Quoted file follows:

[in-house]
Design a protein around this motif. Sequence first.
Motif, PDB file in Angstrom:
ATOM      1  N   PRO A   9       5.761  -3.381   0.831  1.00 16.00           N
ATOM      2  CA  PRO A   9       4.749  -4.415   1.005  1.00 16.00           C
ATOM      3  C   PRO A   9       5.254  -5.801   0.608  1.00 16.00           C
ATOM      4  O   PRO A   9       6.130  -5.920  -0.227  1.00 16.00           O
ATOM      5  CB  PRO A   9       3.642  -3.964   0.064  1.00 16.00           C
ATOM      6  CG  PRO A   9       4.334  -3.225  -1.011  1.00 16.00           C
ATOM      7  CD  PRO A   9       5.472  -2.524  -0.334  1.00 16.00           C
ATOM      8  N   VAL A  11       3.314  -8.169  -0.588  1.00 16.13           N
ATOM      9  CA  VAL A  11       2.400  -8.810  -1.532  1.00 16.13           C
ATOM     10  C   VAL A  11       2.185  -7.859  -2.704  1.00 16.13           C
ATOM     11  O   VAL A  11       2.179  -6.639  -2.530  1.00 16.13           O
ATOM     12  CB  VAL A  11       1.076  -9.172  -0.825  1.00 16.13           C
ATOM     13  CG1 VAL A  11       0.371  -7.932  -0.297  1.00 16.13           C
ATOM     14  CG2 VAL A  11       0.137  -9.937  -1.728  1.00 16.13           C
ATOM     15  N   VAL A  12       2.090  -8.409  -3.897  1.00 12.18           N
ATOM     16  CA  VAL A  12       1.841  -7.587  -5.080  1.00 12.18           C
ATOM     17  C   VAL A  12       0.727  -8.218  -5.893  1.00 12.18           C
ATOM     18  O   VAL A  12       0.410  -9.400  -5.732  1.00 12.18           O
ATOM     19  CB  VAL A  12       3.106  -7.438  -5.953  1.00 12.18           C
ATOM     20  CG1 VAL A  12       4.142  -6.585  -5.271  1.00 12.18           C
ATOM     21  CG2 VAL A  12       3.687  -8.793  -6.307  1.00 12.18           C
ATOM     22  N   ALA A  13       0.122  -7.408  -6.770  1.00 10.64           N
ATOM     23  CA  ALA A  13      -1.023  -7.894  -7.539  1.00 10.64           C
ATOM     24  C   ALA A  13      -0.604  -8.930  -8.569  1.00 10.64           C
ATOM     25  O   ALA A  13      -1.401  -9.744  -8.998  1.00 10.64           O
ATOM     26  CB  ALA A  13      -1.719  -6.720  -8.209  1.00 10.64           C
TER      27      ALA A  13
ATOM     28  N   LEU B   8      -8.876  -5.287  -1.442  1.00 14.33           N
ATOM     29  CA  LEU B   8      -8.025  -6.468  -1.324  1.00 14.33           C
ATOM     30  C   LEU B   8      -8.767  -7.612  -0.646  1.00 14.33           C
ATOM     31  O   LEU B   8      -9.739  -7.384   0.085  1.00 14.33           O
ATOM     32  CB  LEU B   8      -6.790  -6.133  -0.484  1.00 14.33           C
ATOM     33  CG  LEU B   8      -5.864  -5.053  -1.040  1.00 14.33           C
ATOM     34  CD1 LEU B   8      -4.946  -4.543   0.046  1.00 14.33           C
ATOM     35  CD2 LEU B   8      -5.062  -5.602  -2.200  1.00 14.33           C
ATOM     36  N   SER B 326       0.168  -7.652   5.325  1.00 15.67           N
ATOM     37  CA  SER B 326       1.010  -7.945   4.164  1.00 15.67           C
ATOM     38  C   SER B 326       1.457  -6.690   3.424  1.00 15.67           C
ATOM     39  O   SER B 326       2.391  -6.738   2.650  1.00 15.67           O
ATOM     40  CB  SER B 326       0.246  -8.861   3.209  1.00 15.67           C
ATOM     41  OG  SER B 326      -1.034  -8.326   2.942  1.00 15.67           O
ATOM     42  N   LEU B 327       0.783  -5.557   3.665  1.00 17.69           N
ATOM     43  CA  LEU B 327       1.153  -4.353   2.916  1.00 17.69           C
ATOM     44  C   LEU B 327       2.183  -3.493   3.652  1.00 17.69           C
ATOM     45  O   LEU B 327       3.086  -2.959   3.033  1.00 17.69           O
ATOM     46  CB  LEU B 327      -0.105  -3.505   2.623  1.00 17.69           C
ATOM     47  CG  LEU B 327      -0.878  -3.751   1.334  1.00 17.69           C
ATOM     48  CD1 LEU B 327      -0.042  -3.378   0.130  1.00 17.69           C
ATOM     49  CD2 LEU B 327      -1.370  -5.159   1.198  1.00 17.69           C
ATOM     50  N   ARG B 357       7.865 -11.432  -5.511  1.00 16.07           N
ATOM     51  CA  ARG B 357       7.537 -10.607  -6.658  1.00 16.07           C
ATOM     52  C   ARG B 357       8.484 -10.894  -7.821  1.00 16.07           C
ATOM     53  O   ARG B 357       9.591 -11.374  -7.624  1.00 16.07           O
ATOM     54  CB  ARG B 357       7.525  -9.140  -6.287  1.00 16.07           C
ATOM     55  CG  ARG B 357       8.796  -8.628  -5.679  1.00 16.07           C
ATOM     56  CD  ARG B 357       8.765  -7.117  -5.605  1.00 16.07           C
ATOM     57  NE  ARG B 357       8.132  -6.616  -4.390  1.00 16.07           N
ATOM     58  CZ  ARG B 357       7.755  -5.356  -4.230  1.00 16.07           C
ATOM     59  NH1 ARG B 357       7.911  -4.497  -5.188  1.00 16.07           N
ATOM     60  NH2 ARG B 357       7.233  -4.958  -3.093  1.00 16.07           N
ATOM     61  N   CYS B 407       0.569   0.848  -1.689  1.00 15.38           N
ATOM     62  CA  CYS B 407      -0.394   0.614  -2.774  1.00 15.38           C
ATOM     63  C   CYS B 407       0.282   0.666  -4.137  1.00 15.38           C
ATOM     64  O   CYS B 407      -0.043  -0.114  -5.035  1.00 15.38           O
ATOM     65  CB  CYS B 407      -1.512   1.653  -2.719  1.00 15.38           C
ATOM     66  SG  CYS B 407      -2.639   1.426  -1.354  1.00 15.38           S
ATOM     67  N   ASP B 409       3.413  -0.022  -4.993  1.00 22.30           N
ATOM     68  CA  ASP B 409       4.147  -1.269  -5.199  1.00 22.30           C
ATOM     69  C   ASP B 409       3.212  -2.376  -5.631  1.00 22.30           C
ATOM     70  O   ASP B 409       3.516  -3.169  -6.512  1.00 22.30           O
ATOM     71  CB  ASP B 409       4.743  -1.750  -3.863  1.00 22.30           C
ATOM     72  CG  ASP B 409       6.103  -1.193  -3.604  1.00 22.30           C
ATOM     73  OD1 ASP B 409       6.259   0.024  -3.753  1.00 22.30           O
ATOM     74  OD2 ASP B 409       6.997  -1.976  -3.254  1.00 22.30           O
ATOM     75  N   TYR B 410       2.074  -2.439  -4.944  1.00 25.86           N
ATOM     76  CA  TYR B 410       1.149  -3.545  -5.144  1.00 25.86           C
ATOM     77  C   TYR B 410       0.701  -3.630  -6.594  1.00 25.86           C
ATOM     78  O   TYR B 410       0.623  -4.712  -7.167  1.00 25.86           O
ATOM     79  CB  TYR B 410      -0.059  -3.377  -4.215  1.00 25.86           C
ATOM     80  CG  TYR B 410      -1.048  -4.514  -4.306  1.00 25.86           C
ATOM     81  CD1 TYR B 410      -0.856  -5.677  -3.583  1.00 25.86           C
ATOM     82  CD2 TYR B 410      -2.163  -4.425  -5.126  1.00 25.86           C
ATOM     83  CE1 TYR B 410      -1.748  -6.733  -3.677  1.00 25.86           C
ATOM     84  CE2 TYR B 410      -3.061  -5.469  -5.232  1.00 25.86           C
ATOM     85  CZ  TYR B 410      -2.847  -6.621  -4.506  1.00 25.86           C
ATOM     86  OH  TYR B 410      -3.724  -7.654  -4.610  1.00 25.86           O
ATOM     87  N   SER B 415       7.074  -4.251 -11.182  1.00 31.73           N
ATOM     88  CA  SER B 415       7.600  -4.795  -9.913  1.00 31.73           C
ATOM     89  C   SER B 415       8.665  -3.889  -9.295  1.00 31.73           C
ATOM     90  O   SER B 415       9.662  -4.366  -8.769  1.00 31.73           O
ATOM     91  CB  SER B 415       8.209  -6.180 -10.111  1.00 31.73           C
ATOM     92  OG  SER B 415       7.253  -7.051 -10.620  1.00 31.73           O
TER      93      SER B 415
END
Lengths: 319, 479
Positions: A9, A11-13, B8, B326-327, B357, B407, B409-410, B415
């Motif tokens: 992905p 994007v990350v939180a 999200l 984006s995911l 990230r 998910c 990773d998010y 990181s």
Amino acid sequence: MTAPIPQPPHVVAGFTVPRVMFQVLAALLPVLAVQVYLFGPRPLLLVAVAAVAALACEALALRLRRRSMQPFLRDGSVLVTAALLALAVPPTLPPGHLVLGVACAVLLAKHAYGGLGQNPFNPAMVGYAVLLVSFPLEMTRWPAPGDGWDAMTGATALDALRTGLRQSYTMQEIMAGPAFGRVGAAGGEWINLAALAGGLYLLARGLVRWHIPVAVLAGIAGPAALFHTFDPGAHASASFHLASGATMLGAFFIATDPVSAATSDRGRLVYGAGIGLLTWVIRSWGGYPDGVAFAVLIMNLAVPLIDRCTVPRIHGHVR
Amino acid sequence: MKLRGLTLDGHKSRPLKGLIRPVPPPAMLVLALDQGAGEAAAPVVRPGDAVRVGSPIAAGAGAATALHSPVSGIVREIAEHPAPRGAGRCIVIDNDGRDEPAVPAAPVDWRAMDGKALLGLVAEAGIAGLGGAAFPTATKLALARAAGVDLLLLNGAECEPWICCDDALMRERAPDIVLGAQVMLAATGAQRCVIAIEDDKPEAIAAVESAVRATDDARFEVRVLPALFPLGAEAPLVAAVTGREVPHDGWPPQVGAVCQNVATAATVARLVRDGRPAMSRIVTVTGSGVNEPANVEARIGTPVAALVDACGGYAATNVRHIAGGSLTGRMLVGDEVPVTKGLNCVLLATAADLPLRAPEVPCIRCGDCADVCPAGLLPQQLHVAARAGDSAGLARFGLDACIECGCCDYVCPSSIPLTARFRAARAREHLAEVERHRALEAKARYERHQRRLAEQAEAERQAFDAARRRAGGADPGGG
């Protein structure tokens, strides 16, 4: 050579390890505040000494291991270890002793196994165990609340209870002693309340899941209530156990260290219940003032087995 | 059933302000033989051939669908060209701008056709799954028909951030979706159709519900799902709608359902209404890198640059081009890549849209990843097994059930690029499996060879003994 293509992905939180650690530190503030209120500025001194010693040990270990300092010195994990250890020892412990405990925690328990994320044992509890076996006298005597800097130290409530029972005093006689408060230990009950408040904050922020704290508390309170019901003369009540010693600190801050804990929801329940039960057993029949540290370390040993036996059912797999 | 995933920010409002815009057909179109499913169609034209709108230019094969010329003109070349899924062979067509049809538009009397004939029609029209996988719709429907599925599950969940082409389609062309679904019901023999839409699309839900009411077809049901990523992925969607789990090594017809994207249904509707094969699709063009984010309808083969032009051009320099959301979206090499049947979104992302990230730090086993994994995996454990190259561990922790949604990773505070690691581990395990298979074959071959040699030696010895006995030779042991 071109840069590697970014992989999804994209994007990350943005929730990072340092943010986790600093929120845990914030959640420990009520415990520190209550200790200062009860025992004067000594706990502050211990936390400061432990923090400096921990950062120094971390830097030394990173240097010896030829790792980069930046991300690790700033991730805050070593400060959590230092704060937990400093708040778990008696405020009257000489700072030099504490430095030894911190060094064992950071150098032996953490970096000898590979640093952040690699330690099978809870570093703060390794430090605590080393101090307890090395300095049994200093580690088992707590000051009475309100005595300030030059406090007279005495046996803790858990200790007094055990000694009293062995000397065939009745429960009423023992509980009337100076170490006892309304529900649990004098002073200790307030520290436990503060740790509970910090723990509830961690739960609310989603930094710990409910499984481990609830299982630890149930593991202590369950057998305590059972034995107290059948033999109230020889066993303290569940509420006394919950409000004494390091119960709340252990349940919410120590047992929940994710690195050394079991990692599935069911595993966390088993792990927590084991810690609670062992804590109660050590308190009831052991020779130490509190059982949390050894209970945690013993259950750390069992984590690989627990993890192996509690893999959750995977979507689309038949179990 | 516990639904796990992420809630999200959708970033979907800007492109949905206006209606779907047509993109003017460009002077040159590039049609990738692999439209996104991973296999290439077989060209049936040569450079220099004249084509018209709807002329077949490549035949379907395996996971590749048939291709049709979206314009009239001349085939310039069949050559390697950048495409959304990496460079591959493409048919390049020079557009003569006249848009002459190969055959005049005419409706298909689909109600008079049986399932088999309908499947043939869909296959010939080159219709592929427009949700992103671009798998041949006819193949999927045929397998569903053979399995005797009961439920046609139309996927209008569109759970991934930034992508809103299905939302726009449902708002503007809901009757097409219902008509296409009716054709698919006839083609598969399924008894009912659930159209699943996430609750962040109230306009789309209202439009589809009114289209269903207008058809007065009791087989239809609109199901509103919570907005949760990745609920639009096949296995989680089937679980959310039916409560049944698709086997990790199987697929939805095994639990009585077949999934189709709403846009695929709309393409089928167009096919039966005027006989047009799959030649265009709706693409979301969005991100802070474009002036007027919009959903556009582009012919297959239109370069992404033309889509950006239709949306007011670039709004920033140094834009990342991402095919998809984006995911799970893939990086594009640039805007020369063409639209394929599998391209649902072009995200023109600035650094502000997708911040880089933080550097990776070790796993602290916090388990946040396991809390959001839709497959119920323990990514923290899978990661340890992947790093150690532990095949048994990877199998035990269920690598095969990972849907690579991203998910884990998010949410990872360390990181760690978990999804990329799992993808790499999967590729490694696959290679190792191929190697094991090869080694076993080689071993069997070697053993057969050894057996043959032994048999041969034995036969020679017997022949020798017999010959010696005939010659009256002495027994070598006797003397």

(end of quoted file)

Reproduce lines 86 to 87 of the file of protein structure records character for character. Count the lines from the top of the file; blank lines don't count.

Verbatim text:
ATOM     83  CE1 TYR B 410      -1.748  -6.733  -3.677  1.00 25.86           C
ATOM     84  CE2 TYR B 410      -3.061  -5.469  -5.232  1.00 25.86           C